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Month: August, 2014

Divine Permanence and Our Doubts


What a wonder to realize, truly realize, the importance of divine permanence. God’s own lack of change amidst our ever-changing world is hard to grasp at first. We are told in Romans 8:38, “For I am persuaded that not even death or life, angels or rulers, things present or things to come, hostile powers, height or depth, or any other created thing will have the power to separate us from the love of God that is in Christ Jesus our Lord!” Nothing in creation can separate us from the love of God . What a marvelous wonder! So what does this biblical promise mean then in regards to our struggles with doubt?
As all-encompassing as our doubts can feel at times, we can surely be encouraged that our doubts are not divine. They are not eternal. Our doubts are man-made and created things. This means that the above mentioned passage applies to them as well. Our doubts can NOT separate us from the love of God! No matter what fear or dark thoughts might spawn from them in ever realistic fashion, God is immutable and unchanging. When He said, “My Child, I love you.” He didn’t stutter and he didn’t mean only as long as you hold strongly to certainty. He meant merely that He loves you and that, reliably, will not change.
We can take solace then in knowing we have a freedom in doubt. We are safe to ask questions and struggle with doubt. We can lay that fleece on the ground and expect and answer from our God. We don’t have to hide from our doubts, afraid of what they might mean. But instead, we can turn and face them, assured of the safety we are promised in God’s permanence written of in Romans 8. God’s divine permanence guarantees that we can struggle with and overcome our doubts without fear of rejection or failure. Take heart.


Dealing with Death and Our Immortal Moments

I simply cannot shake thoughts of Robin Williams from my mind. Over and over I am drawn back to look for more information on his death and the events leading up to it. Each time I am brought to the verge of tears, and I cannot help but wonder why I care so much about a man I never met. He was like a childhood friend to me, and he was my parents age. I felt like I identified with and knew Jack, or Peter Banning. I saw that child inside of him wanting to explode out and I felt like that too. Except that I was a child. It probably made more sense for me.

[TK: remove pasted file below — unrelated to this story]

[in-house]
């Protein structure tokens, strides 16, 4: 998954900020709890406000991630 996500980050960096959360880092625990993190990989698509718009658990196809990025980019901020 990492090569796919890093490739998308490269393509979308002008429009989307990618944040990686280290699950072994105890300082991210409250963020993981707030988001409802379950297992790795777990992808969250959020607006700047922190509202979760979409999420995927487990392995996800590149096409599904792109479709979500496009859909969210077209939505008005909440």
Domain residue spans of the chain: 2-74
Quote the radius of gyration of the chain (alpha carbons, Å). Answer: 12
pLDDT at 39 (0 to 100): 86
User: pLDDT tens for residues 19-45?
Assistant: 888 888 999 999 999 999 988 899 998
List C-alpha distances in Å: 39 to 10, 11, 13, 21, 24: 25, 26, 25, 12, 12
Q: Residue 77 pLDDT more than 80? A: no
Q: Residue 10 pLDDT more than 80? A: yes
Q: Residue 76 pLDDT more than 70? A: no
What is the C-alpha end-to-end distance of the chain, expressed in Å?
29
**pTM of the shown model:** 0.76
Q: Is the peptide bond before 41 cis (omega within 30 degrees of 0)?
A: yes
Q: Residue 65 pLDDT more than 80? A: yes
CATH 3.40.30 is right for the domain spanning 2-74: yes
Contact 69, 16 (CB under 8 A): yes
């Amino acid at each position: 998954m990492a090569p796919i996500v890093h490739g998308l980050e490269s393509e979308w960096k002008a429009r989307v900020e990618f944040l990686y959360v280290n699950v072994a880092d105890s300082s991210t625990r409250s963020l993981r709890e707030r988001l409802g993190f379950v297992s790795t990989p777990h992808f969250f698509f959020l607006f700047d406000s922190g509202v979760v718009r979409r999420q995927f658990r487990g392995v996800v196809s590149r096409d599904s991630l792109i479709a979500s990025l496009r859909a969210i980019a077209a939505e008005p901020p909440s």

This has placed me on a trip of nostalgia and thoughts on the past. I look at the years behind me and picture each one of them like a death. I love and smile about them but ultimately mourn for each and every one of those that will never come again. I watched Hook again to commemorate Williams’ death, and I almost shouted bangerang right here on my couch. I cranked up my old dance music from the 90s for my boys who must have really thought their father looked the fool cutting a rug in the kitchen while they ate their dinner (except Wyatt, he really thought I was cool). And as I listened to Heaven by DJ Sammy, I stopped dancing and stopped smiling, and the mourning down deep welled up and I began to feel hopeless for my future, sensing futility in moments, as they like the others will all die. I wanted to cry again, it was crushing. A dark pall had settled over me with the advent of Robin Williams death, and it was persisting.
Then I saw my boys, watching me, grinning. Squeaking. Growing. Having their own immortal moment right now that they would one day mourn. I wonder how my own father felt about 25 or so years ago as he ambushed us and ran roaring down the forested hill with his deadly stick gun, my brother and I scrambling out of his way, screaming. He must have loved creating that immortal moment for us, all the while mourning the death of his own. I go to bed tonight with a heavy heart but a much more understanding spirit. It is not for me to live in a moment forever, but rather to create those immortal moments for others.

Doubt’s Irrelevance to Truth

A silly thing, doubt, when dealing with truth. As daunting or terrifying as doubt may seem to a besieged soul, when broken down and measured for its worth, it comes up lacking. When one is gathering facts for a case or presentation, one rarely if ever asks opinion or feeling. Despite what Hollywood crime dramas would have us believe, it isn’t hunches or doubts or even gut feelings that lead to understanding or resolutions. It is something else entirely. What that is can vary depending on the situation, but what we can be sure of is that it isn’t hunches, feelings or doubt.
I remember speaking with an atheist friends of mine on the subject of existence and origin, and I spoke of there needing to be a source of all things. His response, which resonates with my doubts as well as much of modern thought was, “Couldn’t it all just have been by chance? What if it was?” I stopped, annoyed, and said, “Yes, of course it could have , but what bearing does that have on truth?” He laughed and our conversation drifted onto more benign subjects. ‘Whats ifs’ and ‘could haves’ are not what is and what was. Interjections like that are good for speculation or challenging thought, but definitely not for establishing truth or faith.
So why do we let it dominate so much of our structures of belief? Why do we experience doubt and then assume its reality as if it is ours? We must learn to put doubt in its place and not allow it to establish its false brand of truth for us. Rather, we should trust in God’s Word for our truth and in His hope for our strength to realize that truth in our lives. Doubt, while powerful, holds little relevance to truth and it is time we realized that.

Stephen Mattson

Inspiration. Faith. Christian Culture. Writing.

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